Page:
The 20th Annual ICM Crisis Report was published this week, with the airline/air transport industry leading the Top Ten Most Crisis Prone Industry list and, no surprise, News Corporation, Ltd., at number one on the Most Crisis Prone Business List for 2011.  BP, PLC was number two, Transocean at number eight, both still reeling from the Gulf Oil disaster from the year before.

BP/Transocean reinforce our argument that major crises never really end, at least not quickly.

The data for 2011 shows only a minor fluctuation in the average of two-thirds of all crisis that are what we call "smoldering crises" -- the kind of things that start out small, and usually internal, but not always, and should be recognized by someone as a potentially serious problem and fixed before it becomes a public embarrassment, or worse, a public disaster.

And, the more things change, the more some things stay the same.  Managers and executives continue to ignore those smoldering issues, or hope that if they ignore them they will go away.  And, they don't.

People with decision making responsibilities are still responsible for half of all crises while, on average over the past ten years, 32-percent of all crises were caused by "employees" and 18-percent were caused by outside forces, such as activists, disgruntled customers/patients/employees and natural disasters.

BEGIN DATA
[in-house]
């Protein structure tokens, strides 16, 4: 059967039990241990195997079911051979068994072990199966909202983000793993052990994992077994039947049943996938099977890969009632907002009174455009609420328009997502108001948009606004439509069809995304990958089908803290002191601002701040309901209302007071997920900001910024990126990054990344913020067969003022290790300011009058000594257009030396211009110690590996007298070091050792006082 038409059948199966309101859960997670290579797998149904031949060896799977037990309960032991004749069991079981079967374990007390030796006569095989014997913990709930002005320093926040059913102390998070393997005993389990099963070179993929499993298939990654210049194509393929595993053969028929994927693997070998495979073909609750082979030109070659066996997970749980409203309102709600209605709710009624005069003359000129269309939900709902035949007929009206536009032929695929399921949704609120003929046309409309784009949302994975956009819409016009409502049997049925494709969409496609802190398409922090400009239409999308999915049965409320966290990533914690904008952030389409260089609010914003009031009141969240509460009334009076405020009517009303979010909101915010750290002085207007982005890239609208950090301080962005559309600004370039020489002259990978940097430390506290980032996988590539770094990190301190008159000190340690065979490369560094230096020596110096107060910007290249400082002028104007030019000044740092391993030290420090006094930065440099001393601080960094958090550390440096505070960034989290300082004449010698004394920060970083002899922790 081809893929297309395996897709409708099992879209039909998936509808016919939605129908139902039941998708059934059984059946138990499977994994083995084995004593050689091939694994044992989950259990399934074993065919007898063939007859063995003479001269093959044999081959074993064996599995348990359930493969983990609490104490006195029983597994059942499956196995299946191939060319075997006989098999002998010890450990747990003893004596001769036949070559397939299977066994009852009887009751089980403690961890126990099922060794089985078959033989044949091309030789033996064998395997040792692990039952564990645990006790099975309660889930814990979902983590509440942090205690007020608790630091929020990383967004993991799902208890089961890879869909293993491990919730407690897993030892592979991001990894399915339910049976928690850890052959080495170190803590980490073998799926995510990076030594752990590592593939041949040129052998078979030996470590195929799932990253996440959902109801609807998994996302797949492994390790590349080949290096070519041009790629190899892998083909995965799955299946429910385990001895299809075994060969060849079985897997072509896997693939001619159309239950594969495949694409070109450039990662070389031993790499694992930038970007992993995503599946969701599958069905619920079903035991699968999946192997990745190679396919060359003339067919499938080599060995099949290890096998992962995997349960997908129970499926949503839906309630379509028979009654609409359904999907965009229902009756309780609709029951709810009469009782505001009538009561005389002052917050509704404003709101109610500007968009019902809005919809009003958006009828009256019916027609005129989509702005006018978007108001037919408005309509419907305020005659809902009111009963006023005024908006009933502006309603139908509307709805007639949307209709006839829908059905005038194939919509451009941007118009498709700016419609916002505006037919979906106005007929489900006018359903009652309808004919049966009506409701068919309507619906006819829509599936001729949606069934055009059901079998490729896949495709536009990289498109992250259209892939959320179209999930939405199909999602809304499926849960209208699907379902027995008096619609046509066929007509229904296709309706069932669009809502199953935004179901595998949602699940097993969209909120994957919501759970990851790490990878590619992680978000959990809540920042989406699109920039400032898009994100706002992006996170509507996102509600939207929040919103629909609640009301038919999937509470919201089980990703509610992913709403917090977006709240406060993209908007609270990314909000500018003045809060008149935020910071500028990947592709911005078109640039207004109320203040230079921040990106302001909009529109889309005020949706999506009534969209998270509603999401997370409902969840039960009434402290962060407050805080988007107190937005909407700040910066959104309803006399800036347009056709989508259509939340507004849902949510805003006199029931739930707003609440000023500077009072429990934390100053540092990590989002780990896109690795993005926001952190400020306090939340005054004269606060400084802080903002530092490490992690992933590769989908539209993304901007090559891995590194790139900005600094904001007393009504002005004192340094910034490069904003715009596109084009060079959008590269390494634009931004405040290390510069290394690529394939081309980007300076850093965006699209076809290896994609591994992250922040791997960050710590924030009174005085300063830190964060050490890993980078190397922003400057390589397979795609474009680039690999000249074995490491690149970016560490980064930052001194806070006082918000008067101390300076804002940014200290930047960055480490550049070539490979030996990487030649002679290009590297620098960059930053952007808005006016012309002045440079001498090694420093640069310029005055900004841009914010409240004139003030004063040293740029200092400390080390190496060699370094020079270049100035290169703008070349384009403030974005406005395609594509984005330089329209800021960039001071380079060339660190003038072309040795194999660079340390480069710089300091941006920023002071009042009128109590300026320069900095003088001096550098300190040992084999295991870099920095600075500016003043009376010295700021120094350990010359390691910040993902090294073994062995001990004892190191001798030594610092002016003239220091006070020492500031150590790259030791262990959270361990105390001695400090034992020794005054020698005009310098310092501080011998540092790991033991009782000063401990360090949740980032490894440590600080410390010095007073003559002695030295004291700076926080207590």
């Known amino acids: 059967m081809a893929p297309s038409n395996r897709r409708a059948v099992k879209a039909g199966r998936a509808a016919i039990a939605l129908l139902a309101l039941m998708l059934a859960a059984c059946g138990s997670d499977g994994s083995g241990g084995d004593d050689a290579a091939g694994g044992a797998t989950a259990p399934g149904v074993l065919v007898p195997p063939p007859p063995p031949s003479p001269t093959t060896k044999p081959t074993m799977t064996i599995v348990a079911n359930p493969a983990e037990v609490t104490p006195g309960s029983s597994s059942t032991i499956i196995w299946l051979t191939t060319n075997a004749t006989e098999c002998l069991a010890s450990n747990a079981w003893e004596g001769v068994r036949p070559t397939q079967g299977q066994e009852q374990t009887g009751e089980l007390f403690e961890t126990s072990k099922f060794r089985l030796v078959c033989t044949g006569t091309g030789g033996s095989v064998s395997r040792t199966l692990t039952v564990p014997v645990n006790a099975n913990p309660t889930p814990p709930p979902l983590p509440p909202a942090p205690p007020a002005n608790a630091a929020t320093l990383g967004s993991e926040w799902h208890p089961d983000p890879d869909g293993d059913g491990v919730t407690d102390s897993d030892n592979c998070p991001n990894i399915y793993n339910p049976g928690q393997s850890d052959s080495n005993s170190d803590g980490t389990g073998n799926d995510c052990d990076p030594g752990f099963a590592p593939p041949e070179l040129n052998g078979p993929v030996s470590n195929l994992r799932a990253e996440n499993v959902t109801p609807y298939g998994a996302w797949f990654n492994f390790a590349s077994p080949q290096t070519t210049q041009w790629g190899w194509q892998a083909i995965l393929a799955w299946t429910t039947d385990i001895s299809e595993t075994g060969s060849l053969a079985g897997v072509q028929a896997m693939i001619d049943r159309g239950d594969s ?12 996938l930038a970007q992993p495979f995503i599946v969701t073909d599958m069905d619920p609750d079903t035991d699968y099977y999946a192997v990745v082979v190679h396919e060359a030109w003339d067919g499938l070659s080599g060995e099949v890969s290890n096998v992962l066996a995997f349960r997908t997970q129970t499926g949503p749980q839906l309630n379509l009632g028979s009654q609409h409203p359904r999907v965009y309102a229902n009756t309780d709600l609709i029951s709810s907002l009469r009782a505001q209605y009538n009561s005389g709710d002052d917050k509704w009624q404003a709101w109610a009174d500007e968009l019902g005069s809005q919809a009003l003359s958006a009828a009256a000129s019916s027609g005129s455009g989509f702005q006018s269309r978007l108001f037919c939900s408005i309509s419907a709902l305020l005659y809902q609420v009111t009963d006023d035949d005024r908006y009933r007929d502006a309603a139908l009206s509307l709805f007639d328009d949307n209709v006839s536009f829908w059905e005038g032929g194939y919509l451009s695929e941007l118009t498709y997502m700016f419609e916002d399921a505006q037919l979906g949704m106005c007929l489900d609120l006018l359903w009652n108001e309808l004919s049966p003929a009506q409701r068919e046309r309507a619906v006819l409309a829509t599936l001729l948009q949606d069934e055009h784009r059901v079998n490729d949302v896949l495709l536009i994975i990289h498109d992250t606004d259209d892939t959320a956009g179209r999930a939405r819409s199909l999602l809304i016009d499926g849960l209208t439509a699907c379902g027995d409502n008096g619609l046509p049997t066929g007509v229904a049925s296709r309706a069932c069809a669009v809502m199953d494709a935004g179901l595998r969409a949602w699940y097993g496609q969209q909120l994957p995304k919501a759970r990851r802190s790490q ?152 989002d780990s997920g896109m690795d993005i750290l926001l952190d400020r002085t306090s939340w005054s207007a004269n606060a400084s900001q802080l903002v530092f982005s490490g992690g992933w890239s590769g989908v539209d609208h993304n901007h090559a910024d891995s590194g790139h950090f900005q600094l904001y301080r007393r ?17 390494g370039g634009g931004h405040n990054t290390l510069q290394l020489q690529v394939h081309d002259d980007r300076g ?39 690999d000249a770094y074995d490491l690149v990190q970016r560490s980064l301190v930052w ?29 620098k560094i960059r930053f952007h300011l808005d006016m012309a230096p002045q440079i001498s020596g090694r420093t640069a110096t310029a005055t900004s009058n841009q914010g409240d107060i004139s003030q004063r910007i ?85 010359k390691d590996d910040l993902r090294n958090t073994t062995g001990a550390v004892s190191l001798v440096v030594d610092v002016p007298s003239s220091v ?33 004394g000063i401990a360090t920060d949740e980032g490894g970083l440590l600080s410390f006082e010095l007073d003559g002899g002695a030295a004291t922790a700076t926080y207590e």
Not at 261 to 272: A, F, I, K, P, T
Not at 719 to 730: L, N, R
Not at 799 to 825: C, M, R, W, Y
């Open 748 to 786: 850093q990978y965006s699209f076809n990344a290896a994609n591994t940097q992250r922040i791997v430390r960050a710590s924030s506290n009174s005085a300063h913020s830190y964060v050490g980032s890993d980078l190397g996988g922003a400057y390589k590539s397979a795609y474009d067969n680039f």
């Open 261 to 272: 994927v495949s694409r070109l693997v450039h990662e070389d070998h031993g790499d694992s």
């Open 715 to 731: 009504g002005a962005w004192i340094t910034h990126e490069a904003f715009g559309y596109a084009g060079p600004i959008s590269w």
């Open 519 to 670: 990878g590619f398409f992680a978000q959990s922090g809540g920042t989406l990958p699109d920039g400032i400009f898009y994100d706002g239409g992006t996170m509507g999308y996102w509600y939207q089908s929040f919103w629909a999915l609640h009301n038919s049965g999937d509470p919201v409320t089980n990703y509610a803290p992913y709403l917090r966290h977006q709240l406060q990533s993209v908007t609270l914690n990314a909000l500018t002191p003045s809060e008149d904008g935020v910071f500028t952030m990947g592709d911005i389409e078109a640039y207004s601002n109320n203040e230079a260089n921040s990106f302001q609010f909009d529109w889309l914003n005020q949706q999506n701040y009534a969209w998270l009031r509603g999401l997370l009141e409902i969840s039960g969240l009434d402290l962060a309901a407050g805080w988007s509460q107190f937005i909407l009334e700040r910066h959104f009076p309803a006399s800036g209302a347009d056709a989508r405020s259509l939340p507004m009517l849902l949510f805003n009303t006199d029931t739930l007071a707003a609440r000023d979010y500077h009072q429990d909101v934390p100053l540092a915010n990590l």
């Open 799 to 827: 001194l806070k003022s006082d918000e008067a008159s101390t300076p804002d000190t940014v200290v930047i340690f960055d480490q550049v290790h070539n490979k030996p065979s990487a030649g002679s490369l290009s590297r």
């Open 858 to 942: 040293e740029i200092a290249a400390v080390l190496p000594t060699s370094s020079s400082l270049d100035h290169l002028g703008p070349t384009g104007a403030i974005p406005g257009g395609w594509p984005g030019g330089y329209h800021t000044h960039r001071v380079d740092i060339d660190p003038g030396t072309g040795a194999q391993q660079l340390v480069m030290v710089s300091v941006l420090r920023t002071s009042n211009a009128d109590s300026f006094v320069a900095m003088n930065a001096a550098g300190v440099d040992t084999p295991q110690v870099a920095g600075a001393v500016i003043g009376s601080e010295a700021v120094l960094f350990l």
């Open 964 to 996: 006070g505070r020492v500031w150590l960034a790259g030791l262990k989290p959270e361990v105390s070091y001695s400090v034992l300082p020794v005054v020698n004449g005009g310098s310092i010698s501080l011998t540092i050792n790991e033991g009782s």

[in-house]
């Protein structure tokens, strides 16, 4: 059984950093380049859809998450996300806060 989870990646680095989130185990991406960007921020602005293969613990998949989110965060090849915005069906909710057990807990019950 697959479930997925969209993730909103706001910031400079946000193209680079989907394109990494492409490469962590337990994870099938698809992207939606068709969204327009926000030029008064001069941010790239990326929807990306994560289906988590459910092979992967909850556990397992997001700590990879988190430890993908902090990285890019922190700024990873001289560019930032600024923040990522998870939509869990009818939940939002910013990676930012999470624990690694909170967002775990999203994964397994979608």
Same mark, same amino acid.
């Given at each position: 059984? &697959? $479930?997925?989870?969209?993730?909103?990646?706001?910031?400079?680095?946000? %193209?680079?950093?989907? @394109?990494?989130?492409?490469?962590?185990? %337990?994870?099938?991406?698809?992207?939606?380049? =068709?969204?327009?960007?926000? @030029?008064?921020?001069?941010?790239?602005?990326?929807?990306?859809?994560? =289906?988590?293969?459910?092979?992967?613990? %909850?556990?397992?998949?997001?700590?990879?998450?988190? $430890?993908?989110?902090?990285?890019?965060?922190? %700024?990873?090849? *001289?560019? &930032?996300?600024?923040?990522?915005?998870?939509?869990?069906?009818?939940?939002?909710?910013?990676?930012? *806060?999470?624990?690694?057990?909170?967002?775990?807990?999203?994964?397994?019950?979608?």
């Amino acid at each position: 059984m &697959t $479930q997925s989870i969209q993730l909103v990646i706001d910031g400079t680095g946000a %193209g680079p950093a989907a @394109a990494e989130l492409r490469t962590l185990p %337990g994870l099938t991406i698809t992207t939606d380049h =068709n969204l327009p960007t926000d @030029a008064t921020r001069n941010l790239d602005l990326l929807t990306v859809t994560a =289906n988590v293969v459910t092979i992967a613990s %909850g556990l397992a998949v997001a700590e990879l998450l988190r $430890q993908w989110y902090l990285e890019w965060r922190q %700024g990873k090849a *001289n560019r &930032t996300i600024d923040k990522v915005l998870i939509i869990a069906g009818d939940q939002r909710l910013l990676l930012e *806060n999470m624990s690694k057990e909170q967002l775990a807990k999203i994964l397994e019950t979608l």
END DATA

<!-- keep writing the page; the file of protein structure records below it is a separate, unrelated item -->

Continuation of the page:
White Collar Crime accounted for 19-percent of all business crises, mismanagement for 11-percent, workplace violence for 10-percent and defects/recalls for 5-percent.

And the 2011/2012 ICM Crisis Report includes an example of how "not" having a crisis "crisis" cost Taco Bell at least $3-million to defend itself!

Read the complete report:

Wednesday, May 9, 2012

Good Call, Churchill Downs

We don't get the opportunity, often, to give an atta-boy to organizations that do something right and ultimately prevent or avoid a crisis.

But, this week, we can single out the management at Churchill Downs in Louisville, KY for their smart decision to evacuate the in-field last Friday, Oaks Day, when a potentially nasty thunderstorm bore down on the 112,500 gathered to enjoy the "day before" the Derby.

Churchill Downs' management has been a leader in many aspects of big event execution. And that was demonstrated by the decision making process and then the relatively orderly movement of thousands of people safely to shelter until the short-lived storm passed by.

It was just as well executed when those same thousands of fans, some inebriated, were invited back to their favorite spots in the infield to continue their revelry.

It was just a couple of weeks earlier that one man died, 16 were hospitalized and another 100 were treated at the scene when a sudden storm with winds exceeding 60-miles an hour downed a beer tent and tossed metal folding chairs through the air like missles following a Saturday afternoon baseball game at nearby Busch Stadium.